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On The Count of Three


Sundance 2021: On The Count of Three Follows Two Friends in a Suicide Pact

Two guns. Two best friends. And a pact to end their lives when the day is done.

Jerrod Carmichael’s On The Count of Three is a darkly comedic examination of two lifelong friends who feel they have nothing left to live for and live the day like it’ll be their last – at least that’s the plan. With a bromance that is immediately palpable through the two lead actors’ chemistry and deft handling of sensitive material, Carmichael’s feature directorial debut is hilarious and just emotional enough to pack a punch. It’s a day-in-the-life film that demonstrates the power of friendship in the face of hopelessness.

Val (Carmichael) has just quit his dead-end job and sprung his lifelong friend, Kevin (Christopher Abbott), out of an institution after being put there from a botched suicide attempt. However, when Val reveals to him that he feels life has nothing worth living for and wants to form a suicide pact and have them both kill each other, Kevin hesitates, asking for one last day to celebrate life before they pull the trigger. What proceeds is a buddy comedy that lightly wrestles with suicide, but more aptly looks to each other to see how the two have made it this far thanks to one another.

Written by Ari Katcher and Ryan Welch – two-thirds of the creators behind the television show Ramy – there’s an undeniable consistency between the writing in this and that show. It’s the same kind of extremely dark humor that makes Katcher and Welch the perfect duo to tackle subject matter such as suicide in such a light, comedic way. The movie, fortunately, doesn’t go the generic route that there’s always a reason to live, instead approaching the support systems that the characters have which keep them happy.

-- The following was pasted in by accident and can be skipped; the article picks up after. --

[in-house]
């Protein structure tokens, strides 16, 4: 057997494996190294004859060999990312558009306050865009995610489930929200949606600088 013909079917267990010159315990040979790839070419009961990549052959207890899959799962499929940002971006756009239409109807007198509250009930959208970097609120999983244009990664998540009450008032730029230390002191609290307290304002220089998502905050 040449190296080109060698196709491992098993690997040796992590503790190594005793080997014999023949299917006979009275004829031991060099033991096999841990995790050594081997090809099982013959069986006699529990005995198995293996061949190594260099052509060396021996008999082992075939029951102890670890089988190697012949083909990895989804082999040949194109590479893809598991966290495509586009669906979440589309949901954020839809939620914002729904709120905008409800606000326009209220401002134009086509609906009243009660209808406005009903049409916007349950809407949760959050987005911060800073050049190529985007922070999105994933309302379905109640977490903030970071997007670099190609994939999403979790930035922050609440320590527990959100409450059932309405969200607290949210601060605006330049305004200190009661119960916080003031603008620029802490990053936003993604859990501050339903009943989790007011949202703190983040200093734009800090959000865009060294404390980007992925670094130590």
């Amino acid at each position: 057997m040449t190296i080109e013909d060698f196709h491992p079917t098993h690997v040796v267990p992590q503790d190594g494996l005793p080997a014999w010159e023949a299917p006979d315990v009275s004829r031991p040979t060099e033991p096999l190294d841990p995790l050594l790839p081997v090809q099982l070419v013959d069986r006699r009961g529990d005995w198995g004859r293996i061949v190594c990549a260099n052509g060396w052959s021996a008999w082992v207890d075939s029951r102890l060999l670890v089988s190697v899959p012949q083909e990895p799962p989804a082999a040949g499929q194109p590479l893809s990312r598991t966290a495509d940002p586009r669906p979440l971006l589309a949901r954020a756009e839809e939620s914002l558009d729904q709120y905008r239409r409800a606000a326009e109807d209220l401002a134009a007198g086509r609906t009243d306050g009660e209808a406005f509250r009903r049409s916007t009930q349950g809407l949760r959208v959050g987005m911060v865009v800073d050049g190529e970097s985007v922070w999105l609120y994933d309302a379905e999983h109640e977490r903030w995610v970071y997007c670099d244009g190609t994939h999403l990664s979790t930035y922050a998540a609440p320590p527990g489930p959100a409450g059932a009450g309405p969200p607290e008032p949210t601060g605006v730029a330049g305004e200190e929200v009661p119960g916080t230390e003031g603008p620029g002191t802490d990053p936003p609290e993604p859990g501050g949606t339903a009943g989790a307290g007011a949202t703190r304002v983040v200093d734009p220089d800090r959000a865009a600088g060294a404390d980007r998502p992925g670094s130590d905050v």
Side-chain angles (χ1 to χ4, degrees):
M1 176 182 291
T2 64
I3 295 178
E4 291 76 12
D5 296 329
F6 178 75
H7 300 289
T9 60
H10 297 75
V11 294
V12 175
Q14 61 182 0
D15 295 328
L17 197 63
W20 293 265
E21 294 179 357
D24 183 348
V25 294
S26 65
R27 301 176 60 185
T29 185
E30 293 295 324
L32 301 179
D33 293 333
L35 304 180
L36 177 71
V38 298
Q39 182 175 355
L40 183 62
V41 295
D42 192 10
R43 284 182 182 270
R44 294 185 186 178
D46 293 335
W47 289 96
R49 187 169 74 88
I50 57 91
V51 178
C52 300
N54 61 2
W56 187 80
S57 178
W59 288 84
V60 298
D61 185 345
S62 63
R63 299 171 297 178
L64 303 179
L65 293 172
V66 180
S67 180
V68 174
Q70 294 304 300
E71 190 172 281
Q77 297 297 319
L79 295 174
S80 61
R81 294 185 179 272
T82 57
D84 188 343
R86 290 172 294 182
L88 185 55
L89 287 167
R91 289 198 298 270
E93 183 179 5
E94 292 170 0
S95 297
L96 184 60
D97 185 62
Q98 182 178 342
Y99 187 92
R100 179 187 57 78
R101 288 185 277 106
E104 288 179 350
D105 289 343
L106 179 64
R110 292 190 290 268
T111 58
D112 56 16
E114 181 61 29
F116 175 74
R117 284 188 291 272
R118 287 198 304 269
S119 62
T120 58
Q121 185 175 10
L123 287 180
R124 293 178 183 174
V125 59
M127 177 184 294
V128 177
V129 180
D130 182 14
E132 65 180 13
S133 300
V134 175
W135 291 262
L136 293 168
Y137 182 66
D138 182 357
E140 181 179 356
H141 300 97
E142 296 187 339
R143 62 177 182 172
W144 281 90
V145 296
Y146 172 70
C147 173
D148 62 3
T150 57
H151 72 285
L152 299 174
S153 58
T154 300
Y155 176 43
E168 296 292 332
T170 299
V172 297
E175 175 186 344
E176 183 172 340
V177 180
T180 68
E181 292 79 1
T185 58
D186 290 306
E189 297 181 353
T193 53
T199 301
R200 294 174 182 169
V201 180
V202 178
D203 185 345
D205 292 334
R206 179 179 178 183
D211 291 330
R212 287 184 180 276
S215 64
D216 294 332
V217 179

On the Count of Three

The problems with the screenplay more wind up with the lack of nuance in the topic itself. Val springs Kevin from an institution only to ask for them to both commit suicide together. It’s slightly touching but when the film is also trying to make Val into someone caring and reminds both characters on multiple occasions of past events they’ve helped each other out of, it’s a bit much to make that initial leap. However, On The Count of Three spends an entire day watching these two friends get into and out of trouble, confronting the potential reasons they have wound up on the verge of suicide, which ends up being a powerful throughline of the film.

It is absolutely impossible to not talk about Abbott and Carmichael’s chemistry in the film. The two bounce off each other like best buds, ribbing each other for moments past, and always having each other’s back. The comedic timing between the two is exceptional and just seeing them embody these characters so effortlessly is tremendous. Abbott in particular can even sell his character crying through “Last Resort” by Papa Roach. It’s more performative than Carmichael’s subdued acting but the two play really well against one another.

On The Count of Three breezes by with plenty of humorous and touching moments. There are little subversions along the way but it’s still a mostly predictable arc for each character that does end up feeling justified. The topic of suicide, let alone double suicide, is difficult enough to approach. That Carmichael and crew made a movie that is funny and doesn’t treat the subject like a punchline is both admirable and impressive. The screenplay could have used a little more nuance around the subject, however, it’s still a fun, endearing script that captures the importance of support systems in our times of need.

The first-ever “virtual” Sundance Film Festival runs from January 28 – February 3. Check back for our daily coverage and visit the festival’s official website for more information.

Written By

Chris is a graduate of Communications from Simon Fraser University and resides in Toronto, Ontario. Given a pint, he will talk for days about action films, video games, and the works of John Carpenter.

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